Insuring Self-Driving Cars: Where does the Liability Lie?
Insuring Self-Driving Cars: Where does the Liability Lie?
Photo credit https://www.nhtsa.gov/
Self-driving car technology is becoming increasingly common in today’s automobile market, and it has raised questions with both the insurance sector and among consumers about who will provide coverage when these vehicles crash. Although these cars can operate themselves, the primary question raised here will be whether auto crashes are the manufacturer’s responsibility and therefore covered by product liability insurance, or if the fault is instead the driver’s and will instead be covered by personal auto insurance.
Recently, around 34 crashes involving autonomous or partially autonomous vehicles have prompted interest into how these incidents will be handled by both insurance providers and manufacturers. The National Highway Traffic Safety Administration (NHTSA) has launched investigations into 34 crashes related to advanced driver-assistance systems, mostly involving Tesla vehicles, but some involving models from Cadillac, Volvo, Lexus and Navya, a French firm developing self-driving shuttles. However, if a human driver is not available, it is likely insurers will need to collect information from the vehicles themselves for facts such as initial speed, when the car became aware of the person, vehicle or object with which they collided, braking, etc.
Many cars already keep information about crashes in an event data recorder, and several insurance organizations have lobbied Congress to give insurers access to vehicle data- which they say will support increasing automation of cars.
However, coverage of these vehicles may vary by depending on circumstance. For cars with advanced driver-assistance features, the driver is still “responsible for the overall operation,” so liability would fall under personal auto coverage. However, if the vehicle malfunctioned, the manufacturer’s product liability could be invoked- which is already happening with standard cars. What could vary with a fully autonomous vehicle is the fact that individuals could have liability exposure if maintenance, including in the form of software updates, was not completed properly.
Regardless, there are not yet special legal or regulatory requirements related to personal insurance for autonomous vehicles. One reason for this is due to the lack of vehicles available yet with fully automated driving features. Nevertheless, legal professionals and consumers should be preparing for the day they arrive, as companies such as Google, Volvo, and Ford already have made definitive steps towards providing self-driving technology in their products in the very near future. Waymo LLC, Google’s self-driving car project, already offers a ride service near Phoenix, AZ with fully autonomous and driverless vehicles.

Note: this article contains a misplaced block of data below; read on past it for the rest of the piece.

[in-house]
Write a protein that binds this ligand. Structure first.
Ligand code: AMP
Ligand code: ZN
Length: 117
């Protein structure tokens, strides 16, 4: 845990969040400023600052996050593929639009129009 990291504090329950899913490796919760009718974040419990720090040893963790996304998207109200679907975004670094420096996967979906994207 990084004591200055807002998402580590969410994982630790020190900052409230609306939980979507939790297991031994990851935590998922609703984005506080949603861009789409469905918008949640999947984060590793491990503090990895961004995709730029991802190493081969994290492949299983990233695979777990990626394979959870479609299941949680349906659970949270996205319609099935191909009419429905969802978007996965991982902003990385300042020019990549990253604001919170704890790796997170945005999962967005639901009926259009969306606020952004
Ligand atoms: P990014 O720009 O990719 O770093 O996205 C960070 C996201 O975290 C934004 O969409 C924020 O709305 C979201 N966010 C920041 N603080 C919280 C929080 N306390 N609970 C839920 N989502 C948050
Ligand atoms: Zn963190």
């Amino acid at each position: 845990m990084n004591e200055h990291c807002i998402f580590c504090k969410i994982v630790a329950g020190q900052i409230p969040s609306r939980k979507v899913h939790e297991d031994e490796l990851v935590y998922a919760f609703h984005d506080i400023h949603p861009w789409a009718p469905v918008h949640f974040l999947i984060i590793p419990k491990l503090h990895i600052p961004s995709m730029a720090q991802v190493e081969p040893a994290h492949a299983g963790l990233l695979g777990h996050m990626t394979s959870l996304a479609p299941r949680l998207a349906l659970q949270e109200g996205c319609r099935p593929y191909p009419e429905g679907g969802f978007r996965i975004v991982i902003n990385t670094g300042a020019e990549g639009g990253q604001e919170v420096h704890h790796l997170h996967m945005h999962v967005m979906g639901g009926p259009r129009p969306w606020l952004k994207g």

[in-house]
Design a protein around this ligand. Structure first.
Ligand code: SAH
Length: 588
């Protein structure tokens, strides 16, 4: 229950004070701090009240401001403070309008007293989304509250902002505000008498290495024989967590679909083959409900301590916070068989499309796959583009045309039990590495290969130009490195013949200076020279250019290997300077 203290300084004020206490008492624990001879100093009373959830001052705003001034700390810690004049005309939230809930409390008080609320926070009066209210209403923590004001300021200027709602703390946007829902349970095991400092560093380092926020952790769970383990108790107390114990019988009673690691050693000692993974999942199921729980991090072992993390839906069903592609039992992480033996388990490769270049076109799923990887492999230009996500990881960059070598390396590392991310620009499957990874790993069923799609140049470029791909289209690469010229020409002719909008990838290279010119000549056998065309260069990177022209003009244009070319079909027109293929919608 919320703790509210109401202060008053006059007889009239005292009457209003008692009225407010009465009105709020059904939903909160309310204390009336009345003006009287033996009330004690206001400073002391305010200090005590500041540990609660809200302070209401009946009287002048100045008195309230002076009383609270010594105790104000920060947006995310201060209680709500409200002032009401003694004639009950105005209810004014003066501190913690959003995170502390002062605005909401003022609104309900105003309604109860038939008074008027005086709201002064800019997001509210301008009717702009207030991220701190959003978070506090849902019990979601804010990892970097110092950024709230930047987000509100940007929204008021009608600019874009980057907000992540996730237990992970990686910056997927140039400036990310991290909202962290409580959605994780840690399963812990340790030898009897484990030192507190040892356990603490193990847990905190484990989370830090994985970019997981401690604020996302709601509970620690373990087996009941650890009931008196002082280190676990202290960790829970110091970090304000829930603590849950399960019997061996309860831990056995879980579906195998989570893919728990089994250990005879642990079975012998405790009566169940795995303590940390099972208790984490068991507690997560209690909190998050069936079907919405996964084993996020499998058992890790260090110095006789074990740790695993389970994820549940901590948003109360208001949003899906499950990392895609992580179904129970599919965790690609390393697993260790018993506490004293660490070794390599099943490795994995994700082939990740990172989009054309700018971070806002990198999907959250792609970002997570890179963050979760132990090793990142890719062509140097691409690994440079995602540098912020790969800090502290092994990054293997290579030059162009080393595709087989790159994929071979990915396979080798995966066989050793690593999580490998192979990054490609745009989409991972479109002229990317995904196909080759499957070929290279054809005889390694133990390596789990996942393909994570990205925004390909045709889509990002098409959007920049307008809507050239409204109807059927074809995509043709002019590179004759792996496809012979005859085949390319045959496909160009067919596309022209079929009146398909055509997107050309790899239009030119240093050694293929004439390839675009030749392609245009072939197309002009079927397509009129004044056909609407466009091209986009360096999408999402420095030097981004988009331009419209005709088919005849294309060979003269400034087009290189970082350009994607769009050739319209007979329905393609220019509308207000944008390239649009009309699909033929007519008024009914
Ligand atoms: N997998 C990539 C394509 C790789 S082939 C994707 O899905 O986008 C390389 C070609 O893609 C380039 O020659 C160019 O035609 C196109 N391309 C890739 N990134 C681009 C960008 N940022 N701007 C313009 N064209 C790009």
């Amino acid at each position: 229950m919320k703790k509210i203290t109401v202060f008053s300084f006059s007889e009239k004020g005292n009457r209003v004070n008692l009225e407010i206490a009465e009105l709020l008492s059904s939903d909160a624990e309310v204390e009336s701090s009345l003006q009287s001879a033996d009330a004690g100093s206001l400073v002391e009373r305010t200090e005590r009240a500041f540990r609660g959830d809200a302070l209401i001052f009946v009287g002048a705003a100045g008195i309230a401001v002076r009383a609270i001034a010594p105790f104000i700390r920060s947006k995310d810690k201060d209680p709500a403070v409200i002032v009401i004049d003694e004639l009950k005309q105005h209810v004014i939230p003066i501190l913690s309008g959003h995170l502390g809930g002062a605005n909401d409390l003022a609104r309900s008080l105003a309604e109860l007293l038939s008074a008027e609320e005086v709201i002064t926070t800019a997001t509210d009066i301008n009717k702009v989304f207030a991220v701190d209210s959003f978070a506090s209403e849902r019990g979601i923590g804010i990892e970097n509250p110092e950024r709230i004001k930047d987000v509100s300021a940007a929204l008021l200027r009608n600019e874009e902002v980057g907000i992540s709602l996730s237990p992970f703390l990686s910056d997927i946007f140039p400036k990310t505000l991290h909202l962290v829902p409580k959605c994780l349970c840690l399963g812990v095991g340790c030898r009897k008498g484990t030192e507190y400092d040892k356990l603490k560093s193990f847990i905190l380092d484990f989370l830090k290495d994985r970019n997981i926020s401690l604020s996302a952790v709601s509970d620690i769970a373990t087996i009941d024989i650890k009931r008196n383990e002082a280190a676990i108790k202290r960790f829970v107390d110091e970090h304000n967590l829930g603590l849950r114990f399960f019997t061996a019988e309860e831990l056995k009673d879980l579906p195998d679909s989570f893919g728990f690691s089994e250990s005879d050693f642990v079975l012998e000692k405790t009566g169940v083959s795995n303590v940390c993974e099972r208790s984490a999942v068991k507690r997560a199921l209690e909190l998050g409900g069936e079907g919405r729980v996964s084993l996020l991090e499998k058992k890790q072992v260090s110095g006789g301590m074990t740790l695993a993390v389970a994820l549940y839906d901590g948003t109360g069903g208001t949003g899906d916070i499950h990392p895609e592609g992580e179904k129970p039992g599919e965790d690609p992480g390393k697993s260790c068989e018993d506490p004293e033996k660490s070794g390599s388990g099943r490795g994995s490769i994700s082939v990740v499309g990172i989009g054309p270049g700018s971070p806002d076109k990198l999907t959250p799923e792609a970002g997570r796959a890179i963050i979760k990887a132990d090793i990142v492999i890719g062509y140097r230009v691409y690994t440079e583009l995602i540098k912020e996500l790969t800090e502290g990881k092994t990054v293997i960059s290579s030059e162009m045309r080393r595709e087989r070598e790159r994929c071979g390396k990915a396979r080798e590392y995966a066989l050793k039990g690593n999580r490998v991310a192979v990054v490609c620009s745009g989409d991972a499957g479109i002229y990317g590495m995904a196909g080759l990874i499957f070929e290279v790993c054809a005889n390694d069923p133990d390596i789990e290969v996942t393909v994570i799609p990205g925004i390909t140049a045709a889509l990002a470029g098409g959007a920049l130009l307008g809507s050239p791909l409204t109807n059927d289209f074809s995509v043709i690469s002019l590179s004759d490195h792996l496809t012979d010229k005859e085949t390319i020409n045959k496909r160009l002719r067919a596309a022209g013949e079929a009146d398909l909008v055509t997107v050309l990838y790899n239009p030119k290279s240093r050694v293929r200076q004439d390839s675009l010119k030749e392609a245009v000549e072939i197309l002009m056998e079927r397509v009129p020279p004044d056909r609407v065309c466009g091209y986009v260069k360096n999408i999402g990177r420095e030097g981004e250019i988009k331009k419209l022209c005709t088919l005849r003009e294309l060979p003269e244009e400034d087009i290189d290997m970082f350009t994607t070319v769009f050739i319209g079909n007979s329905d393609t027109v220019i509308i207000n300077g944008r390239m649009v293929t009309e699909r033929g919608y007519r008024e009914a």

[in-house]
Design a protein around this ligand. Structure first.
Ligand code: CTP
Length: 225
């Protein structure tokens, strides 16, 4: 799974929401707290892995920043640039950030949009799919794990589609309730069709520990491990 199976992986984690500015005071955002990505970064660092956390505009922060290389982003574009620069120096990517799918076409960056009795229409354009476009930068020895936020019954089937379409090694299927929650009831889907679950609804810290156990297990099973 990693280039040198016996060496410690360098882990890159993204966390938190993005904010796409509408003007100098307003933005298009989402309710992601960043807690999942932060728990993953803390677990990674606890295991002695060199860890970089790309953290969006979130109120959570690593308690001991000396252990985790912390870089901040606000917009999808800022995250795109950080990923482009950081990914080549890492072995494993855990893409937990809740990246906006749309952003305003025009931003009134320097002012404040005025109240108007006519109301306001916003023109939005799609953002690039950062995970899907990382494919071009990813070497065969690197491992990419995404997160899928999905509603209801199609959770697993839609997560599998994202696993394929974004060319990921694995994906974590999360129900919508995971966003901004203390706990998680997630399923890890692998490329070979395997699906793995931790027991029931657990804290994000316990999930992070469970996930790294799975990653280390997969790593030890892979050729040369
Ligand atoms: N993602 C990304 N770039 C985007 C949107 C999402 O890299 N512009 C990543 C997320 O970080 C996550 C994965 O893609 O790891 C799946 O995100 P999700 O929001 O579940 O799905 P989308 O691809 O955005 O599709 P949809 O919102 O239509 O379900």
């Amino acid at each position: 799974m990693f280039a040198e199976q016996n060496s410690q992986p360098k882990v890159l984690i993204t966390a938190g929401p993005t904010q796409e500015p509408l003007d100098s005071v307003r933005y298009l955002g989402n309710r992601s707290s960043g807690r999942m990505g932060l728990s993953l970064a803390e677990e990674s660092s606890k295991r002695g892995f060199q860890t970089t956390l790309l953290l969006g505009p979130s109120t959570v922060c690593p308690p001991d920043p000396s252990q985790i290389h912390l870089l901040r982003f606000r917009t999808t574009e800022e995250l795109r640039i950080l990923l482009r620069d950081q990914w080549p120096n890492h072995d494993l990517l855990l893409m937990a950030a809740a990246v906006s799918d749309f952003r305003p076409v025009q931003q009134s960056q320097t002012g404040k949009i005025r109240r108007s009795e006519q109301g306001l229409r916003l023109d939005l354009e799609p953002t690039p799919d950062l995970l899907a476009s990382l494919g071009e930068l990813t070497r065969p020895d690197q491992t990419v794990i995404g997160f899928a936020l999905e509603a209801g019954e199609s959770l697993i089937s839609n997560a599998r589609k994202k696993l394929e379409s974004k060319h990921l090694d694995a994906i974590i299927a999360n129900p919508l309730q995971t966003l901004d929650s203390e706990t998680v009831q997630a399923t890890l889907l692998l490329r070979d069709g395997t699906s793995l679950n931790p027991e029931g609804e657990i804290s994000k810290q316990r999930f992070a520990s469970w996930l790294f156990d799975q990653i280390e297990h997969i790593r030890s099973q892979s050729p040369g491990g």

The main issue with self-driving technology in today’s market is how this tech could make cars safer and reduce manufacturers’ liability, which certainly motivate funding for research. At the moment, however, it is not clear exactly how much safer these vehicles will be, due to lack of data. Insurers have billions of miles of data on human drivers for many years now, but far less information for autonomous fleets.
SAE International, which was founded as the Society of Automobile Engineers in 1905, defines five levels of industrial and commercial self-driving:
a) Levels 1 and 2 involve driver support features widely available today, such as automatic emergency braking, lane departure warnings, lane centering or adaptive cruise control.
b) Level 3 means a person must drive some of the time, depending on the situation.
c) Level 4 means a car operates on its own, but under limited conditions, and
d) Level 5 means it can operate independently everywhere, in all conditions.
Aside Google’s Waymo, which claims a Level 4 system, cars with Level 4 and Level 5 features may not be available until several decades of research have been completed.
Meanwhile, the life insurance industry continues to study effects that autonomous vehicles could have on claims. For example, there were 1.10 traffic deaths per 100 million miles driven in 2019, according to NHTSA, down from a rate of 1.14 the previous year. Preliminary data from last year, when people stayed home more than usual because of the COVID pandemic, indicates fewer deaths but also fewer miles driven, so the fatality rate actually rose to 1.25 for the first six months of the year.
Most auto wrecks result from driver error, however, so using more autonomous vehicles is expected to dramatically reduce traffic deaths. It is still too early to determine how the technology might affect life insurance premium rates overall, though, until longer-term studies are possible.
The above is a summary of one or more news stories reviewed by the author of this article. It may contain comments or views of the author only.
Have you or a member of your family been injured by a self-driving capable vehicle? If so, at Herd Law Firm, we have the experience and resources to investigate and pursue these claims. If you or a passenger was injured while in a self-driving vehicle, you may have a claim; we can discuss details with you and help you recover the compensation you deserve. Contact our firm for a free and confidential evaluation today.
This article is intended for general interest and does not constitute legal advice.
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With over 35 years of litigation and management experience, Charles Herd concentrates on Jones Act and maritime-related claims, maritime products liability cases and maritime-related commercial matters.